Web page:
10 Major Differences Between French & American High Schools

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The French high school experience is crazily different from the American high school experience. Generally speaking, French high schools mean business when it comes to how they expect their students to behave - aka long school days, no extracurriculars, no school spirit, etc. Read on to see some of my observations!

10 Majors Differences Between French & American High Schools

1. French students have hyper-long school days. 

French students are usually at school from 8am to 6pm with short morning and afternoon breaks and a lunch hour or two (depending on their schedule). What’s more is that it’s just straight academics all the way through the day - no clubs, activities, etc.

2. (French School) When a teacher is absent, class is cancelled. 

This means there aren’t any substitute teachers and that if a teacher has to miss a day, it’s kind of like American university where you just get a notification (hopefully!) that class has been cancelled. Unfortunately this could work against you as an assistant by arriving to a cancelled class with no previous notification! Cover your bases and check in with your teachers the day or night before!

3. (French School) No (or very limited) extracurricular activities. 

No music class, no art classes, no photography classes, no clubs. Students come to school to learn. The closest thing I can compare to an extracurricular is that each class has a delegate that represents the class for the class updates/meetings among teachers.

4. (French School) Sports are not a thing.

At least not in the American sense. Some bigger high schools may have partnerships with local sports clubs in order to form high school teams, but it’s nothing like in the U.S. No football stadiums, soccer fields, or basketball/volleyball gyms. For those students who do play sports, practices are normally held for an hour or two once a week, on Wednesdays.

5. (French School) Dances are not a thing.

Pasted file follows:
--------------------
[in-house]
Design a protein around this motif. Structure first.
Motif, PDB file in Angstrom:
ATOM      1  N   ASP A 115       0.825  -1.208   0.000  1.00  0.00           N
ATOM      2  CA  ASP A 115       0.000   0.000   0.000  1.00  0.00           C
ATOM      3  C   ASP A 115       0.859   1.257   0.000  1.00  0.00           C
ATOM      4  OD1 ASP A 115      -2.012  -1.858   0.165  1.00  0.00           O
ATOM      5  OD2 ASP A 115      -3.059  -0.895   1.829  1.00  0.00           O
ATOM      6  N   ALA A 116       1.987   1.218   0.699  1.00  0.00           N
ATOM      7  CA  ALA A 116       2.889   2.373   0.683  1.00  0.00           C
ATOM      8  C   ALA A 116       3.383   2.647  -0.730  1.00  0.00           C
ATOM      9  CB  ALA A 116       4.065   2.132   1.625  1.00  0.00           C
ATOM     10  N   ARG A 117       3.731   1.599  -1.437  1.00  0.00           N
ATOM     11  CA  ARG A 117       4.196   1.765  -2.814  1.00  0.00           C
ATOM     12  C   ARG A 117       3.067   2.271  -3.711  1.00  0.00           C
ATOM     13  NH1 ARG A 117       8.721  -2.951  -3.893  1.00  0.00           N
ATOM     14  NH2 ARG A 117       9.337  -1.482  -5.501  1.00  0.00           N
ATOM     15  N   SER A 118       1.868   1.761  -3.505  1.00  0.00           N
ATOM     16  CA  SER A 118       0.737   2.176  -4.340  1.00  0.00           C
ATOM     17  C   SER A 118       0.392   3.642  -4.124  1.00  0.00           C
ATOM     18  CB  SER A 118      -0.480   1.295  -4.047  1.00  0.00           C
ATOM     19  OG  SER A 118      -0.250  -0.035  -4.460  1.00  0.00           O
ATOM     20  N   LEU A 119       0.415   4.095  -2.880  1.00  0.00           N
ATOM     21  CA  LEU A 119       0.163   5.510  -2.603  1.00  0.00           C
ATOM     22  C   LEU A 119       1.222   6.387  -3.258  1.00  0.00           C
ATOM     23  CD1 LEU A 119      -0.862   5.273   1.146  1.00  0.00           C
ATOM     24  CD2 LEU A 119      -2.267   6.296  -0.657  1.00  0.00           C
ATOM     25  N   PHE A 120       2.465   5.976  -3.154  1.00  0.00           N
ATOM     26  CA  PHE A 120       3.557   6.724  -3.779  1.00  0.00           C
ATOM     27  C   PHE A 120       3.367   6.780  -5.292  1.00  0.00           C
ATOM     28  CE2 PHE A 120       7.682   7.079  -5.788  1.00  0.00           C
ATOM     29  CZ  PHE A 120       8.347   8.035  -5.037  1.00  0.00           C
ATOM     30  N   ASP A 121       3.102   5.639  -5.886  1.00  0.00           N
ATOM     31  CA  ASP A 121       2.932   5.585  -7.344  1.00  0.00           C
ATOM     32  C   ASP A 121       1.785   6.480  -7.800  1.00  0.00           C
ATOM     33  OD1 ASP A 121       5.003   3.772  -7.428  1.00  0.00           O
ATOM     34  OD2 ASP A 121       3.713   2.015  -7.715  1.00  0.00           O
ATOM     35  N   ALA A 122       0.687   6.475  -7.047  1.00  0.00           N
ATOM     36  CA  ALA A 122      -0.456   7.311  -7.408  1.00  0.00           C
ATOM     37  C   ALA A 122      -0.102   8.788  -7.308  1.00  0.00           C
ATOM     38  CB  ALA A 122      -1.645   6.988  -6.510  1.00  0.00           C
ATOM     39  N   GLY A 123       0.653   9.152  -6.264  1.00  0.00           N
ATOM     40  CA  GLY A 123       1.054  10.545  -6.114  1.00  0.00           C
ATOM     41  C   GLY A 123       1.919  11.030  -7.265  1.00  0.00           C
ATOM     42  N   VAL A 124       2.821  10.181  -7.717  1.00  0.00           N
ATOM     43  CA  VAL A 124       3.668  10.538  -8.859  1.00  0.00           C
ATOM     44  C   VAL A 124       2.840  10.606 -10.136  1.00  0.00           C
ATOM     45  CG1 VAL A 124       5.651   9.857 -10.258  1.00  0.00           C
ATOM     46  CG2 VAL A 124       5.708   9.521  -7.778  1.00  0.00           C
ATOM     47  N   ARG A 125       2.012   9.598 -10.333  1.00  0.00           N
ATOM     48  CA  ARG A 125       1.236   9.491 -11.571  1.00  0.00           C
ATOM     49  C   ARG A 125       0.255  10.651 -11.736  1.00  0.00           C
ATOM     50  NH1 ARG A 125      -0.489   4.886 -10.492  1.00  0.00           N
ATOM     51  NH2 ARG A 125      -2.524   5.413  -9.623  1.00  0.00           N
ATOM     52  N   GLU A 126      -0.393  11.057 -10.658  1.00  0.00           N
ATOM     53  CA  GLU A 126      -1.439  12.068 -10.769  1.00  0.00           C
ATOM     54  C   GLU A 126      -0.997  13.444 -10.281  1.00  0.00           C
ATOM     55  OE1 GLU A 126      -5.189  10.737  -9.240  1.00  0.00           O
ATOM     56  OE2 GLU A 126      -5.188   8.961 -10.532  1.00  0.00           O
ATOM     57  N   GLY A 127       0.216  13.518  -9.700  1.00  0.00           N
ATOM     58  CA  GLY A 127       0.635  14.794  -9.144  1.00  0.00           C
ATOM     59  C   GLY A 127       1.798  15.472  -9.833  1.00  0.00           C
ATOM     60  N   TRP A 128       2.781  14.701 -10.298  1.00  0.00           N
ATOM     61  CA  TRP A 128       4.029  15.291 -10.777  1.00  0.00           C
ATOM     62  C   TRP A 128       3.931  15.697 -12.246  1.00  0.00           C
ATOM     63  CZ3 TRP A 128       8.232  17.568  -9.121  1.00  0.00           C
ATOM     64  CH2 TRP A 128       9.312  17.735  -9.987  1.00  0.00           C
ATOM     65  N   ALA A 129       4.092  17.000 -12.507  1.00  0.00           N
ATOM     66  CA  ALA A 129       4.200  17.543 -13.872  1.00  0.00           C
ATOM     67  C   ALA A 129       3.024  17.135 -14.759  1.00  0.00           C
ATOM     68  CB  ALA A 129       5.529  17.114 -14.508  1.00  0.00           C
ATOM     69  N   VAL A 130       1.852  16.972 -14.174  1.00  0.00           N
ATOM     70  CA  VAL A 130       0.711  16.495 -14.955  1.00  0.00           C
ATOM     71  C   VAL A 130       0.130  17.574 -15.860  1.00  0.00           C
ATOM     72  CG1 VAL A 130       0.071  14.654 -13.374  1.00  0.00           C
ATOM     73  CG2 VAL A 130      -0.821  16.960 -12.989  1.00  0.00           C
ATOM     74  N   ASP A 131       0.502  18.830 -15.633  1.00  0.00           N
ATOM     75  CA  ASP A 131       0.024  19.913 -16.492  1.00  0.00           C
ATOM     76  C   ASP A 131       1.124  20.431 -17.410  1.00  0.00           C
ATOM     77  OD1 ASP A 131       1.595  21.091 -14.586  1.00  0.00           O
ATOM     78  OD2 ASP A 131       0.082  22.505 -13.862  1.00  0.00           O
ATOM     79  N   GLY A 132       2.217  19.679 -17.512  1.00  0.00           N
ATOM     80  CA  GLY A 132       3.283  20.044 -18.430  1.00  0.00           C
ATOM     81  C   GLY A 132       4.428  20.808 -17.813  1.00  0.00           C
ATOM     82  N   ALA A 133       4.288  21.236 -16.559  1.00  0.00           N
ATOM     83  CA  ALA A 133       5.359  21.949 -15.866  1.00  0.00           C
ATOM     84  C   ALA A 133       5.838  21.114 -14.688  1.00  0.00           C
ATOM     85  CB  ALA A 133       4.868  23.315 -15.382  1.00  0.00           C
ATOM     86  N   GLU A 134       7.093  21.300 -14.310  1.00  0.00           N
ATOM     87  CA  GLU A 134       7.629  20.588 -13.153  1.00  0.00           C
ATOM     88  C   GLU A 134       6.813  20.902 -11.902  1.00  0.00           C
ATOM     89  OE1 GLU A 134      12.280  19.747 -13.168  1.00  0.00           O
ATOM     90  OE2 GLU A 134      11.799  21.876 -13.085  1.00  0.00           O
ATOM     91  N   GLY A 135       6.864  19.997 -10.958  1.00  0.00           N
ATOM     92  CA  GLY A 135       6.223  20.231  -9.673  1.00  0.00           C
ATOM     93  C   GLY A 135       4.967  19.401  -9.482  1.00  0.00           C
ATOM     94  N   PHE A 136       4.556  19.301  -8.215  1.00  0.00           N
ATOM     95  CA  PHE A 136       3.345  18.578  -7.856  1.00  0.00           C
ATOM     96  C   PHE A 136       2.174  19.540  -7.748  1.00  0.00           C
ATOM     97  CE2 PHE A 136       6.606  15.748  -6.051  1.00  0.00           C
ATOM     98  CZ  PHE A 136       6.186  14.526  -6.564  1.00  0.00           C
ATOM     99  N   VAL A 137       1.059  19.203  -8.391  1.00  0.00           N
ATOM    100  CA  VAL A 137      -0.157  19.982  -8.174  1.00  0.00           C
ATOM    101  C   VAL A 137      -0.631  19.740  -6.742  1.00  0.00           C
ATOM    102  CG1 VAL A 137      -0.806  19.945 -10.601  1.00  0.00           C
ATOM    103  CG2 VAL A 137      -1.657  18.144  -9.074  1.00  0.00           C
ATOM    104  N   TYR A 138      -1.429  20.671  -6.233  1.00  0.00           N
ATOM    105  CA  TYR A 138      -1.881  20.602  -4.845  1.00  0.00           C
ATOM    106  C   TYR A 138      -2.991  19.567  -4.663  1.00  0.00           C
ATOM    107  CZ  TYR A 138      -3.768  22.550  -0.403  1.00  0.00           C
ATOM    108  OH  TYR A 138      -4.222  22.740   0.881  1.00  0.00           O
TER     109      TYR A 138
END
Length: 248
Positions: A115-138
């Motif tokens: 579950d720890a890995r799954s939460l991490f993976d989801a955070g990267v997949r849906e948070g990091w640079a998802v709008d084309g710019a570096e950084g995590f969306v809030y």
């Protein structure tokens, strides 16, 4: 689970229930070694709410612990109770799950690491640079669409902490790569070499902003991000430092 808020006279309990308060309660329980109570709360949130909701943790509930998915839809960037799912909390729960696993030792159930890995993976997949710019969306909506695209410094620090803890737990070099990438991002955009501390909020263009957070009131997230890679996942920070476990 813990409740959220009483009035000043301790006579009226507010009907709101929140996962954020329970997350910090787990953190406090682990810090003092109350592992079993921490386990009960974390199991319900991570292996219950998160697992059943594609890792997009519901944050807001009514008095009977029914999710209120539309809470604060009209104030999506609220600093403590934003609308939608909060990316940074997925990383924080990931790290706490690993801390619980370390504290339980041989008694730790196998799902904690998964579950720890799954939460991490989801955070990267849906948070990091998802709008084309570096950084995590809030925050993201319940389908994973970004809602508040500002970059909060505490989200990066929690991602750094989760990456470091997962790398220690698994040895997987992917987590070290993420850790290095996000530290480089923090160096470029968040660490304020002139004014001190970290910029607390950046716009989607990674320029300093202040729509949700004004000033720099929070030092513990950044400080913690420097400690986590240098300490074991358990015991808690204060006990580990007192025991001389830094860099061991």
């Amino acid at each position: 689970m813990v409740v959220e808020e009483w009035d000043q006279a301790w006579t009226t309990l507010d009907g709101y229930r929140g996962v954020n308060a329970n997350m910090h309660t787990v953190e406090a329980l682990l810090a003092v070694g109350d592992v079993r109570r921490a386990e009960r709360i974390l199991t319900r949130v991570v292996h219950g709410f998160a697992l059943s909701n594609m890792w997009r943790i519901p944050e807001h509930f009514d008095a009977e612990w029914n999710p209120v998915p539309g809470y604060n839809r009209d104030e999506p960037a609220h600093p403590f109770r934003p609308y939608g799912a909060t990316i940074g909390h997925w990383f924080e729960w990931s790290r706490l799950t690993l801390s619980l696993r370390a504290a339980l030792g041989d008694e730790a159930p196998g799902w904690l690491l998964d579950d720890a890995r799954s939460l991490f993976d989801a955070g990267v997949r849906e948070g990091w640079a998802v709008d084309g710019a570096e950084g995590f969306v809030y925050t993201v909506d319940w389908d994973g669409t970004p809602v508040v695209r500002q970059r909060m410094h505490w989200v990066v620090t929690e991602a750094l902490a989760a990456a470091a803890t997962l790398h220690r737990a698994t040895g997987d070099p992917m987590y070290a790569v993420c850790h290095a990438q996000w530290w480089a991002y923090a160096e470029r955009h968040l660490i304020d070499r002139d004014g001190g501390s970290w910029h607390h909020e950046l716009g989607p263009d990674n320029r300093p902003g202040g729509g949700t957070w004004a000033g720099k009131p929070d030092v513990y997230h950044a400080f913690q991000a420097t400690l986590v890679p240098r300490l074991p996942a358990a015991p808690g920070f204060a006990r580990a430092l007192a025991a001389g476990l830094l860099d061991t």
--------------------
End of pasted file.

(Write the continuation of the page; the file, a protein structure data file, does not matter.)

Think: Prom, Winter Formal, Sadie Hawkins, Homecoming, etc. Nothing like that for French high school students. They love talking and learning about the experiences of American high school students so keep this in mind when you’re thinking about what to discuss in class.

6. (French School) School spirit - you guessed it: not a thing.

Think of High School Musical (or your own high school experience if you’re American). Now immediately erase it from your mind, and you’ll end up with the French idea of school spirit. Don’t even think of t-shirts or sweatshirts with your school name and color.

7. French High School is 3 years instead of 4.

France has three years of high school and four of middle school. (Although I could never imagine four years of such a confusing time as junior high!) The first year of high school is called “Seconde,” the second is “Première,” and the final year is “Terminale.”

8. French students choose a “major” in high school.

At the end of their first year of high school, students must decide what they want to focus on in terms of school subjects. They are basically funneled into whatever career track they “think” they want to pursue when they’re 14-15 years old. I didn’t know what I wanted to really study until the end of my freshman year of university….

9. French grades are given out of 20 points. 

Of those 20 points, 16 is considered an excellent score, even for the best students in the class. 20 is theoretically unattainable - whereas in the US, students have no trouble getting 100s (perfect scores) on tests if they really apply themselves. I’ve often thought this has a lot to do with the optimistic, "can-do" attitude of Americans versus the general pessimism of the French - even if you study your ass of and know everything perfectly, the subjective scores of the teachers can still leave a little (or a lot) to be desired.

10. Notes home to parents in French students’ notebooks

French students have little carnets de correspondance in which notes will be written to parents if they misbehave. They’ve had these notebooks since they were small in elementary school. If French students get in trouble and their teacher demands to see their carnets, you know it's bad.

Have any teaching assistants noticed other things? I'm all ears - especially because I find the differences in the school experiences so fascinating!!

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